c) This calculator (i-ORP) has some interesting models. Including some ROTH Conversion options. The input and output is based in 1K increments so seems a little odd but it really allows for a more condensed report.  I use it on and off. https://i-orp.com/DI/Extended.html

I mainly use Golden Years from Money Tree Software and is part of their Total Planning Suite. It is outstanding and is a Financial Advisor grade tool that they let individuals buy for half the cost and half the annual maintenance.

UPDATE: Forgot I-ORP link: https://i-orp.com/DI/Extended.html & added ROTH vs tIRA info.
« Last Edit: August 04, 2019, 09:49:56 PM by lascott »
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lascott

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Re: To What Lengths Do Some Folks Go In Planning Their Income Taxes
« Reply #2 on: August 05, 2019, 11:59:23 PM »
@Rob L, Did you try out B or C?
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Rob L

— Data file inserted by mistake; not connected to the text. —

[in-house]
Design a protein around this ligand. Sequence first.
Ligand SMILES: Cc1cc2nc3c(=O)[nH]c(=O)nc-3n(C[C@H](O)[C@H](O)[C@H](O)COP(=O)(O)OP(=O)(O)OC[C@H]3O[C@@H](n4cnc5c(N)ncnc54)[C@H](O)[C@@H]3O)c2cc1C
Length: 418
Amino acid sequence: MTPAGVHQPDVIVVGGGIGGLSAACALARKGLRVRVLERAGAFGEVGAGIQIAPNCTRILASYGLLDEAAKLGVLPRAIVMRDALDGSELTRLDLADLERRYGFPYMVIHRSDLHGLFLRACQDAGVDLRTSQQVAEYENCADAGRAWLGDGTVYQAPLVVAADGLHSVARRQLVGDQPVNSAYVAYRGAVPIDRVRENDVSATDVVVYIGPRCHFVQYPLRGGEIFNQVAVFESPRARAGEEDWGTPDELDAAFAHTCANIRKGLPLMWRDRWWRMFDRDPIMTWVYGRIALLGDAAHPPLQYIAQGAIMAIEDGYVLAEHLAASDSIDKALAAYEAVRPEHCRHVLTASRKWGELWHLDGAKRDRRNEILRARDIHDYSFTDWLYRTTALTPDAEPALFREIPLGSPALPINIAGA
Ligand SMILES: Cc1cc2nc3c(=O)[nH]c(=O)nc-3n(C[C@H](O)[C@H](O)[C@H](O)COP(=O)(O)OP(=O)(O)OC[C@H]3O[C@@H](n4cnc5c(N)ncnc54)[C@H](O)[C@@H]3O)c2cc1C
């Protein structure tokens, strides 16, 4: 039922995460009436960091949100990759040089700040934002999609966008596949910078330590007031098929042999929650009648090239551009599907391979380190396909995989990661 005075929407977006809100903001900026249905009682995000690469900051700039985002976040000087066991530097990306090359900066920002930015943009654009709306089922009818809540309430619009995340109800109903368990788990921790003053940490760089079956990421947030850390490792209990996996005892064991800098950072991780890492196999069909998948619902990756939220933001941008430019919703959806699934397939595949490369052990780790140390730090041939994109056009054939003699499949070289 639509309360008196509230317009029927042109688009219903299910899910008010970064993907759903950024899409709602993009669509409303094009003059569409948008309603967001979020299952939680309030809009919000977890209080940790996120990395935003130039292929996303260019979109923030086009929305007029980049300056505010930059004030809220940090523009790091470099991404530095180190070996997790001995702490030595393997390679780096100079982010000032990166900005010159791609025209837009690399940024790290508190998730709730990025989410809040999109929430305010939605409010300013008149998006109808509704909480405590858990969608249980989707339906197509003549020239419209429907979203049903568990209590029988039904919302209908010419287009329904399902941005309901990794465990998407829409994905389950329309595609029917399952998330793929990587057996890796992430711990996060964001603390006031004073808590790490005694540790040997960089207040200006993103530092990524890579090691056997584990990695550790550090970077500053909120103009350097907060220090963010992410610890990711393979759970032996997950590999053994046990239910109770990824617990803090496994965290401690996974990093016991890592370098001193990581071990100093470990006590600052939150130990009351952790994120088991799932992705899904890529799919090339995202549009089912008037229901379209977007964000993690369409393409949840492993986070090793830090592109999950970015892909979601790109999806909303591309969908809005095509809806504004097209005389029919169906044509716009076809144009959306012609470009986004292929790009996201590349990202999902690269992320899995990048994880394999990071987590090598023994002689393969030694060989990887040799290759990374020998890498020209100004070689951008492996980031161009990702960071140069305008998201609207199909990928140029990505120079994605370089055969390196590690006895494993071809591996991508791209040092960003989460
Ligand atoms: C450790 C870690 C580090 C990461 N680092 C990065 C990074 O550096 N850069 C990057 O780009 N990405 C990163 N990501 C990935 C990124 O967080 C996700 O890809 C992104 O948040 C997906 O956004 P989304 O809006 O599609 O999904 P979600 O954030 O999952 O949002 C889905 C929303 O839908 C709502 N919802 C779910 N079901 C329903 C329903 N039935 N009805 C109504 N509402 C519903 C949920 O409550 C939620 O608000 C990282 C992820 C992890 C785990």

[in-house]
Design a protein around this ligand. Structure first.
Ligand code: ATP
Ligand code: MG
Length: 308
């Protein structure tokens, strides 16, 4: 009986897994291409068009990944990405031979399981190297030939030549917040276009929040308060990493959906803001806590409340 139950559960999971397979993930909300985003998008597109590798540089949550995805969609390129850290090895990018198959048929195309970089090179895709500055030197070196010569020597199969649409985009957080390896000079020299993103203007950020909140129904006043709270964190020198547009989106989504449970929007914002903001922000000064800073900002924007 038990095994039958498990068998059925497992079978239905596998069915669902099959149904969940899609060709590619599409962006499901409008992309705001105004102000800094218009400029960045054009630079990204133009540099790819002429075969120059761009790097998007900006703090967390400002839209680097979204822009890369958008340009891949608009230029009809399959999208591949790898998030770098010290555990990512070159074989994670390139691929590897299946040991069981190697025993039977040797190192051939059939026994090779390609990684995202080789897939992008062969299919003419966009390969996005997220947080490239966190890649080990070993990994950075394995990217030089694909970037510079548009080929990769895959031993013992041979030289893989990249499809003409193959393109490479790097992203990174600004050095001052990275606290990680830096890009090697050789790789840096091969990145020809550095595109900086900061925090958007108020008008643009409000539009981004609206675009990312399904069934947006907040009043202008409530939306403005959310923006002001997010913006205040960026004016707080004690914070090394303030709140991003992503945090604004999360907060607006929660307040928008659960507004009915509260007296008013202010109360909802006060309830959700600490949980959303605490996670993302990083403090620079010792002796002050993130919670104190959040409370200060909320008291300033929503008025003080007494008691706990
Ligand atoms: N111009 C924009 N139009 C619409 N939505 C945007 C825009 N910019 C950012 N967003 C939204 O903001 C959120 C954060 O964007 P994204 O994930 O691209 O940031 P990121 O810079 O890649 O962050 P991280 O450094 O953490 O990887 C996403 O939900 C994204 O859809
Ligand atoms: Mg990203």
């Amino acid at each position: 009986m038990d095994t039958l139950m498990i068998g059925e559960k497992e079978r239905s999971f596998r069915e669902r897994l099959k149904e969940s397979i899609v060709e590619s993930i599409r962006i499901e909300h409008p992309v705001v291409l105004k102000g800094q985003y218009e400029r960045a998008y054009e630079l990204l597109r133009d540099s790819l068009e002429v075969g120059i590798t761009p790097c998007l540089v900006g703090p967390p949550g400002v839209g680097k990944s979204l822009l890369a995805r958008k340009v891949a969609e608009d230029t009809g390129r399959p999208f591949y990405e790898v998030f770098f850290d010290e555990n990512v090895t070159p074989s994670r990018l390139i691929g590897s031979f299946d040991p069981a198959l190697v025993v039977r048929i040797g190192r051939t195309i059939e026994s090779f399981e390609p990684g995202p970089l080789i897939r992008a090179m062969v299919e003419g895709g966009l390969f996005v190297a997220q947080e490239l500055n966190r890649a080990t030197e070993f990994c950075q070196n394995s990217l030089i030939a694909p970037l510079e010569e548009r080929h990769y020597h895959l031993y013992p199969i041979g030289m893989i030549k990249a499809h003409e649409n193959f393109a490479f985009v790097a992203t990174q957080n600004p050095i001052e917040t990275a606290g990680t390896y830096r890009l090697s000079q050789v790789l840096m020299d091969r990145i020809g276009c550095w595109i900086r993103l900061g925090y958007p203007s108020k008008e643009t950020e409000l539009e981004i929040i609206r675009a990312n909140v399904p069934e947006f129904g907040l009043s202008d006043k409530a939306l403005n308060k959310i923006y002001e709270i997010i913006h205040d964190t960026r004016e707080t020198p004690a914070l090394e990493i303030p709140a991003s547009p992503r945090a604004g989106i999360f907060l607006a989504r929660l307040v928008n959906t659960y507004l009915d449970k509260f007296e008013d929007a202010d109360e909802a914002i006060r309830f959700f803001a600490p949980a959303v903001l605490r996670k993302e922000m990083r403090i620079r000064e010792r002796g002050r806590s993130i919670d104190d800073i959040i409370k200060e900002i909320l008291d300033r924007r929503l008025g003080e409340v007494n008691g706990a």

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Re: To What Lengths Do Some Folks Go In Planning Their Income Taxes
« Reply #3 on: August 06, 2019, 03:05:31 PM »
Ah, a kindred deranged soul!

Here's how I have my non-real estate holdings allocated:
Non-IRA Liquid9%
Non-IRA Illiquid11%
Traditional IRA Liquid21%
Traditional IRA Illiquid49%
Roth IRA Liquid10%

My wife and I delayed our Social Security by 3 years. Ran the numbers and the total payments lines taking SS in our 4th year versus waiting two more years crossed at age 82 (wife and I are same age). Key part of decision was that I was retired and didn't expect any more significant earned income. But, as Michael said, "they pulled me back in" for another unexpected project and blew my projection. Hindsight I'd have waited the full 5. I should have known better.